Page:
Iconology of the Temperance Cards

Iconology of the Temperance Cards

From the Iconology Section of the Robert O'Neill Library

By Robert ONeill


The six Temperance cards surviving from the 15th and 16th century are shown in Figure 1. In the ordering we are adopting here, the temperance cards are numbered six of the trumps. The imagery is perhaps the most consistent among all of the Tarot trumps symbols. All six figures show as woman pouring water from one pitcher to another. Even the gowns are similar with the same high waistband. The only real difference among the images is which hand is uppermost and the vote is even: 3 to 3.

The symbolism for the virtue of Temperance was standardized by the 15th century and a similar image appears in the so-called Tarocchi de Mantegna:


The religious tradition

The representations of the virtue of Temperance appear to be restricted to the religious art tradition. Though rare examples may existed, I have never located an image of Temperance in the Triumphal, Dance of Death, or Apocryphal traditions. However, within the religious art tradition the image is quite common. Hourihave (2000) lists the location of 71 representations of Temperance.

The example in Figure 2 is from a psalter ~1402 and shows a woman in a long tunic pouring from one vase to another. Other examples can be found in Ferguson (1954, plate 60) and Gombrich (1972, plate 80). A Temperance image from the 11th century can be seen in Katzenellenbogen (1939, fig. 34). Another representation can be seen at:


Iconological analysis

Temperance is a Greco-Roman natural virtue that was adopted by Christianity as one of the Cardinal or Moral Virtues. It is the first and lowest of the Platonic and Pythagorean virtues, governing the lowest part of the soul, the basic animal instincts. By the time of the Tarot in 15th century Italy, the imagery was quite consistent and unmistakable.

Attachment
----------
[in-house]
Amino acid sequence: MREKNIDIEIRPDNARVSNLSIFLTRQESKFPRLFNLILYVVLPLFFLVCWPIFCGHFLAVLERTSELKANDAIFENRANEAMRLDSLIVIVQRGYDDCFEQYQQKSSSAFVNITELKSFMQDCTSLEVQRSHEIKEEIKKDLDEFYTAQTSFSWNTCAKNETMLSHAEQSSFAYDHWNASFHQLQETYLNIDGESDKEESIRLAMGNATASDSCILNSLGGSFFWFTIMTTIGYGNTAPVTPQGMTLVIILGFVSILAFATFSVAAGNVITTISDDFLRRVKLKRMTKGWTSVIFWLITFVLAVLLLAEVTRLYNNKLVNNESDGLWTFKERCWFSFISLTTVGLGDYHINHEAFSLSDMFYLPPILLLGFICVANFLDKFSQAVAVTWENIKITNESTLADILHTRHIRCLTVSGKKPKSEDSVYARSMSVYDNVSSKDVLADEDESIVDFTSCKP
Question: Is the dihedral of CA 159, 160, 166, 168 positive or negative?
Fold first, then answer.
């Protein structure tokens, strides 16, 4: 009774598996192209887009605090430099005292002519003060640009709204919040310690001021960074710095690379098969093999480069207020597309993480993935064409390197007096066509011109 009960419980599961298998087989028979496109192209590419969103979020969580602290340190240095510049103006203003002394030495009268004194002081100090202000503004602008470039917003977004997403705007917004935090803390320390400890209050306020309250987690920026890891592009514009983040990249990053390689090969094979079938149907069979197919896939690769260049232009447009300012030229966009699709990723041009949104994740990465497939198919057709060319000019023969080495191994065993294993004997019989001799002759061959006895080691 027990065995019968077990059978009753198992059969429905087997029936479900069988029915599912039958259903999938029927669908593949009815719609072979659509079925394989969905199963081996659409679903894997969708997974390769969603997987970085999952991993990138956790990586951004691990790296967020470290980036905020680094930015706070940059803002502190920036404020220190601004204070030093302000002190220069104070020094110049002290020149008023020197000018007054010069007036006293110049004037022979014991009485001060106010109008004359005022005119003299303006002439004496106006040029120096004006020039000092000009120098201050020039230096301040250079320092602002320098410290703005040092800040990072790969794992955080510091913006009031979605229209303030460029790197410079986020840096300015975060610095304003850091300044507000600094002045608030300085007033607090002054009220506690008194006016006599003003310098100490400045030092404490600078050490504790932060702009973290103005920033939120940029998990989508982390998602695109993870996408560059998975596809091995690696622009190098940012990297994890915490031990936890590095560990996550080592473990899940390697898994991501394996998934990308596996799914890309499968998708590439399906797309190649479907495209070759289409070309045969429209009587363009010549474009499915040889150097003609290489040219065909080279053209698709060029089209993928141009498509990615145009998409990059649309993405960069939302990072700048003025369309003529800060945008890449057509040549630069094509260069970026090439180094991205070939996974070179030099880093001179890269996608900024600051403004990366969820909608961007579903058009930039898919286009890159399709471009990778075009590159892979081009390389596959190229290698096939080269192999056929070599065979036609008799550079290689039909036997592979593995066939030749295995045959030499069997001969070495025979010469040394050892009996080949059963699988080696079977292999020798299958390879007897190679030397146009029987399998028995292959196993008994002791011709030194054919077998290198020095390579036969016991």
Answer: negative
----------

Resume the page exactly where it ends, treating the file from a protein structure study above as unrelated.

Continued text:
As far as I have been able to determine the image was not used in other contemporary artistic traditions. The evidence does not seem to support the idea that the image had other esoteric connotations. There are later (17th century) alchemical symbols that bear some resemblance to the Temperance symbol but it speculative to argue that this relationship would have been recognized two centuries earlier.


The 15th century card-player would have recognized the symbol for the virtue of Temperance. The symbolism was quite consistent and readily available in churches and public art of the 15th century. The symbol would most likely have elicited a sense of moral obligation to control the appetites and live a life of moderation.

A better educated player might have recognized the first of the Pythagorean virtues that they had read about in Iamblicus. This might have elicited additional responses in the form of a challenge to overcome the lowest instincts in the human soul and rise to a life with more control and moderation.

There is always the possibility that some would have seen alchemical connotations in the figure of a woman handling a fluid and perhaps carefully measuring ingredients involved in an alchemical procedure or even mixing a magical potion. But while such connotations are possible, the evidence supports nothing more than a literal translation of the image of Temperance.

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